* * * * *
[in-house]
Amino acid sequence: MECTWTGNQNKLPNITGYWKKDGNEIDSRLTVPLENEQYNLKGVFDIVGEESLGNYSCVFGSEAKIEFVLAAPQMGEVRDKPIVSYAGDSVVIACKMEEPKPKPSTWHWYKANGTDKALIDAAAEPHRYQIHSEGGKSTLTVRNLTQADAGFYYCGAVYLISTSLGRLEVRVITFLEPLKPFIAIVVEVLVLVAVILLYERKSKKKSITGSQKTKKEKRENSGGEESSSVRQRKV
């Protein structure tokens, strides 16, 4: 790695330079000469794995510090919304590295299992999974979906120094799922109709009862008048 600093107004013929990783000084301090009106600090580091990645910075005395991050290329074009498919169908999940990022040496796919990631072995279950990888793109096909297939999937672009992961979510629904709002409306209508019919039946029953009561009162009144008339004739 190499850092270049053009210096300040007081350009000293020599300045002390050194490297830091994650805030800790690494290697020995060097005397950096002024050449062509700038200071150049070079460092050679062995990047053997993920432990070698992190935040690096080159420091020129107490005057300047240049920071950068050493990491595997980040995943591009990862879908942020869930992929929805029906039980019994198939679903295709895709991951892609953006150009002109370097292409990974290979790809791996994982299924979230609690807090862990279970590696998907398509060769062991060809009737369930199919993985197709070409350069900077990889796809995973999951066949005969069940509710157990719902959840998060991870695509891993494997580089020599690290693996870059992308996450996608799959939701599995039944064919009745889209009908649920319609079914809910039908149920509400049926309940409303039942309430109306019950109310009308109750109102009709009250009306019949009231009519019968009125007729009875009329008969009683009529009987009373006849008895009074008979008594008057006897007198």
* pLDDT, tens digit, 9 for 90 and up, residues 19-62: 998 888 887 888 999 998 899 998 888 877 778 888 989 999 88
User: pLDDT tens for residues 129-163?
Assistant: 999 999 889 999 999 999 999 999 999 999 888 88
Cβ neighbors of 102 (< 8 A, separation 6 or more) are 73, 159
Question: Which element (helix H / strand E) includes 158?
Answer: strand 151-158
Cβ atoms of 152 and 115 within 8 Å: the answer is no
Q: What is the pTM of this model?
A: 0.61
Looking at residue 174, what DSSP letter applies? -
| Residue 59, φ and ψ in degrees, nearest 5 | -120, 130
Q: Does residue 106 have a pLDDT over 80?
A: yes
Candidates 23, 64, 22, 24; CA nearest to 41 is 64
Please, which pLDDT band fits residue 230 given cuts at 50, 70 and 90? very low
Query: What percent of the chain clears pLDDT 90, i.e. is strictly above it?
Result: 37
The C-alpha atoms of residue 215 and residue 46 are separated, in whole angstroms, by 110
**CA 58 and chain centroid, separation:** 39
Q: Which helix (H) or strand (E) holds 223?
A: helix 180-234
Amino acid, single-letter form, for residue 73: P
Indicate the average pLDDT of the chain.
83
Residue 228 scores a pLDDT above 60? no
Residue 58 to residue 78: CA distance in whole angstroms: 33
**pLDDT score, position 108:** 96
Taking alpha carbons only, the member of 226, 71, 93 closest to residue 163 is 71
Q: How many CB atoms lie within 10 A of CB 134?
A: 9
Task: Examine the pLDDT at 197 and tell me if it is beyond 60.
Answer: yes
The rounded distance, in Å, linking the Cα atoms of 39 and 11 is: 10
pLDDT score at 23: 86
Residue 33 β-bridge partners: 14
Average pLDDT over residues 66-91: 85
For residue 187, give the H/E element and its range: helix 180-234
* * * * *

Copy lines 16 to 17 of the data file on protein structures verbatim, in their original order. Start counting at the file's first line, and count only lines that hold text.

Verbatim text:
A: yes
Candidates 23, 64, 22, 24; CA nearest to 41 is 64